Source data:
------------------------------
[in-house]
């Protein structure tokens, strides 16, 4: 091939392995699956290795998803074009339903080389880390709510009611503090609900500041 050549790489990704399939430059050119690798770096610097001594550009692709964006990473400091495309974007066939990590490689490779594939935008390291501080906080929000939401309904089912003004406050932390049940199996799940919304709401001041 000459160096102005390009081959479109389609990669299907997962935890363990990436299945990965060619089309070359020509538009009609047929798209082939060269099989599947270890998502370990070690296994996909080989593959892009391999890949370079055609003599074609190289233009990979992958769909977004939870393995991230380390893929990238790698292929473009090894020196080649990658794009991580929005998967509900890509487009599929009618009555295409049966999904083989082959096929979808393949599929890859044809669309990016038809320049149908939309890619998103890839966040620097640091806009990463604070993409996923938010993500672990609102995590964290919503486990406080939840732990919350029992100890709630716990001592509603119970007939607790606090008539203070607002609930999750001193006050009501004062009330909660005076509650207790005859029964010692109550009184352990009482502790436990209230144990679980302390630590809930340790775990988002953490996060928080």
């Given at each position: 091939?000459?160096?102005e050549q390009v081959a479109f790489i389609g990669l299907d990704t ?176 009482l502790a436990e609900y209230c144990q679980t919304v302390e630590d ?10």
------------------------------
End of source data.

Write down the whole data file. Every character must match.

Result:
[in-house]
């Protein structure tokens, strides 16, 4: 091939392995699956290795998803074009339903080389880390709510009611503090609900500041 050549790489990704399939430059050119690798770096610097001594550009692709964006990473400091495309974007066939990590490689490779594939935008390291501080906080929000939401309904089912003004406050932390049940199996799940919304709401001041 000459160096102005390009081959479109389609990669299907997962935890363990990436299945990965060619089309070359020509538009009609047929798209082939060269099989599947270890998502370990070690296994996909080989593959892009391999890949370079055609003599074609190289233009990979992958769909977004939870393995991230380390893929990238790698292929473009090894020196080649990658794009991580929005998967509900890509487009599929009618009555295409049966999904083989082959096929979808393949599929890859044809669309990016038809320049149908939309890619998103890839966040620097640091806009990463604070993409996923938010993500672990609102995590964290919503486990406080939840732990919350029992100890709630716990001592509603119970007939607790606090008539203070607002609930999750001193006050009501004062009330909660005076509650207790005859029964010692109550009184352990009482502790436990209230144990679980302390630590809930340790775990988002953490996060928080």
């Given at each position: 091939?000459?160096?102005e050549q390009v081959a479109f790489i389609g990669l299907d990704t ?176 009482l502790a436990e609900y209230c144990q679980t919304v302390e630590d ?10």